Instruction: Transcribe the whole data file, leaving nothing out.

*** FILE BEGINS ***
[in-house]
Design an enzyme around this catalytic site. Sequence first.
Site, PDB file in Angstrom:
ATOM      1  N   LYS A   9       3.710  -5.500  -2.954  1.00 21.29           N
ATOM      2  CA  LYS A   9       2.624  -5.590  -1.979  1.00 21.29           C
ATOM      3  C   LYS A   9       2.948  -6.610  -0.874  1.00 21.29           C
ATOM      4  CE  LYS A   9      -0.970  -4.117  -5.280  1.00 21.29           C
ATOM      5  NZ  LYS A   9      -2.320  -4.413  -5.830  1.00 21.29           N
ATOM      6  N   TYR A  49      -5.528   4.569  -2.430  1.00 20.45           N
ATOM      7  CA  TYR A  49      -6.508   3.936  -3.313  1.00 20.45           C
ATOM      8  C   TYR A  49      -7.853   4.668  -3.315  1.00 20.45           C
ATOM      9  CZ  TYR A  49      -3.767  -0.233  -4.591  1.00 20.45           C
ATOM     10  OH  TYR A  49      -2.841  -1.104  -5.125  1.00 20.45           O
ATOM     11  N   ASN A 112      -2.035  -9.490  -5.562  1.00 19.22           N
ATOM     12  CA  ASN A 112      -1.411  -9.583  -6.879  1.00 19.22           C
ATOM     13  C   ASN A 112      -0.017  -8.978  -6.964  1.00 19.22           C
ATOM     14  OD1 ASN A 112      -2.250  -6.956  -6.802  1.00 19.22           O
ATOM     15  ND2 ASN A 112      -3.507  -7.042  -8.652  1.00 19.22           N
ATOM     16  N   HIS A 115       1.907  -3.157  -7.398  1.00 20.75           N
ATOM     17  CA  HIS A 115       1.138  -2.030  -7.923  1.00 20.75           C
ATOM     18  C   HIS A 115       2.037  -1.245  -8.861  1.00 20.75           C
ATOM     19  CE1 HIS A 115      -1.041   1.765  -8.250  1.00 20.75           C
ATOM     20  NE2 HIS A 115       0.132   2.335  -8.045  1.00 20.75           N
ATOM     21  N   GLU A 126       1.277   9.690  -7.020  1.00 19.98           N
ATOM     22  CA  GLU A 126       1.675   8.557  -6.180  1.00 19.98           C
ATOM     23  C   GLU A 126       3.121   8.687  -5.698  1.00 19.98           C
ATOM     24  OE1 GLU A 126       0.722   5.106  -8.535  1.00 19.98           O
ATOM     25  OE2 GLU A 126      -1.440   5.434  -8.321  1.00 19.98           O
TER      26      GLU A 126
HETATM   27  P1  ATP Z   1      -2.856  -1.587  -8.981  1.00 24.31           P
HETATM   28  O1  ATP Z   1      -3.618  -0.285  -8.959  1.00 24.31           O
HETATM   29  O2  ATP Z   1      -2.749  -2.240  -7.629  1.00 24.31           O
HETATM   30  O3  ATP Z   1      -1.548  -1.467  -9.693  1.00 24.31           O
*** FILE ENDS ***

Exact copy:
[in-house]
Design an enzyme around this catalytic site. Sequence first.
Site, PDB file in Angstrom:
ATOM      1  N   LYS A   9       3.710  -5.500  -2.954  1.00 21.29           N
ATOM      2  CA  LYS A   9       2.624  -5.590  -1.979  1.00 21.29           C
ATOM      3  C   LYS A   9       2.948  -6.610  -0.874  1.00 21.29           C
ATOM      4  CE  LYS A   9      -0.970  -4.117  -5.280  1.00 21.29           C
ATOM      5  NZ  LYS A   9      -2.320  -4.413  -5.830  1.00 21.29           N
ATOM      6  N   TYR A  49      -5.528   4.569  -2.430  1.00 20.45           N
ATOM      7  CA  TYR A  49      -6.508   3.936  -3.313  1.00 20.45           C
ATOM      8  C   TYR A  49      -7.853   4.668  -3.315  1.00 20.45           C
ATOM      9  CZ  TYR A  49      -3.767  -0.233  -4.591  1.00 20.45           C
ATOM     10  OH  TYR A  49      -2.841  -1.104  -5.125  1.00 20.45           O
ATOM     11  N   ASN A 112      -2.035  -9.490  -5.562  1.00 19.22           N
ATOM     12  CA  ASN A 112      -1.411  -9.583  -6.879  1.00 19.22           C
ATOM     13  C   ASN A 112      -0.017  -8.978  -6.964  1.00 19.22           C
ATOM     14  OD1 ASN A 112      -2.250  -6.956  -6.802  1.00 19.22           O
ATOM     15  ND2 ASN A 112      -3.507  -7.042  -8.652  1.00 19.22           N
ATOM     16  N   HIS A 115       1.907  -3.157  -7.398  1.00 20.75           N
ATOM     17  CA  HIS A 115       1.138  -2.030  -7.923  1.00 20.75           C
ATOM     18  C   HIS A 115       2.037  -1.245  -8.861  1.00 20.75           C
ATOM     19  CE1 HIS A 115      -1.041   1.765  -8.250  1.00 20.75           C
ATOM     20  NE2 HIS A 115       0.132   2.335  -8.045  1.00 20.75           N
ATOM     21  N   GLU A 126       1.277   9.690  -7.020  1.00 19.98           N
ATOM     22  CA  GLU A 126       1.675   8.557  -6.180  1.00 19.98           C
ATOM     23  C   GLU A 126       3.121   8.687  -5.698  1.00 19.98           C
ATOM     24  OE1 GLU A 126       0.722   5.106  -8.535  1.00 19.98           O
ATOM     25  OE2 GLU A 126      -1.440   5.434  -8.321  1.00 19.98           O
TER      26      GLU A 126
HETATM   27  P1  ATP Z   1      -2.856  -1.587  -8.981  1.00 24.31           P
HETATM   28  O1  ATP Z   1      -3.618  -0.285  -8.959  1.00 24.31           O
HETATM   29  O2  ATP Z   1      -2.749  -2.240  -7.629  1.00 24.31           O
HETATM   30  O3  ATP Z   1      -1.548  -1.467  -9.693  1.00 24.31           O